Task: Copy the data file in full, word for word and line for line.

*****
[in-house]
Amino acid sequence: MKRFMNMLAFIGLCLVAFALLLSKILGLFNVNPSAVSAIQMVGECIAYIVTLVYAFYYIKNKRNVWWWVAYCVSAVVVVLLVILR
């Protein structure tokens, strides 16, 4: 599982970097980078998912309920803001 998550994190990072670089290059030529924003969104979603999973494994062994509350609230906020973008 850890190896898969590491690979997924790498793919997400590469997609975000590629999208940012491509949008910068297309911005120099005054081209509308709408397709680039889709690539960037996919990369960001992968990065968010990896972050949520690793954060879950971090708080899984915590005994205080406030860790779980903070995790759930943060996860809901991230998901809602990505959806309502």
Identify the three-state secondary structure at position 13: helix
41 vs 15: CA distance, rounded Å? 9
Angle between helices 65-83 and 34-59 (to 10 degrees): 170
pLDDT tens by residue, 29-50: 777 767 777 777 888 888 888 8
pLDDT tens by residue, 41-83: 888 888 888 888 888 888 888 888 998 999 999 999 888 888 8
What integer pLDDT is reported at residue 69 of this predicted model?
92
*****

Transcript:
[in-house]
Amino acid sequence: MKRFMNMLAFIGLCLVAFALLLSKILGLFNVNPSAVSAIQMVGECIAYIVTLVYAFYYIKNKRNVWWWVAYCVSAVVVVLLVILR
């Protein structure tokens, strides 16, 4: 599982970097980078998912309920803001 998550994190990072670089290059030529924003969104979603999973494994062994509350609230906020973008 850890190896898969590491690979997924790498793919997400590469997609975000590629999208940012491509949008910068297309911005120099005054081209509308709408397709680039889709690539960037996919990369960001992968990065968010990896972050949520690793954060879950971090708080899984915590005994205080406030860790779980903070995790759930943060996860809901991230998901809602990505959806309502």
Identify the three-state secondary structure at position 13: helix
41 vs 15: CA distance, rounded Å? 9
Angle between helices 65-83 and 34-59 (to 10 degrees): 170
pLDDT tens by residue, 29-50: 777 767 777 777 888 888 888 8
pLDDT tens by residue, 41-83: 888 888 888 888 888 888 888 888 998 999 999 999 888 888 8
What integer pLDDT is reported at residue 69 of this predicted model?
92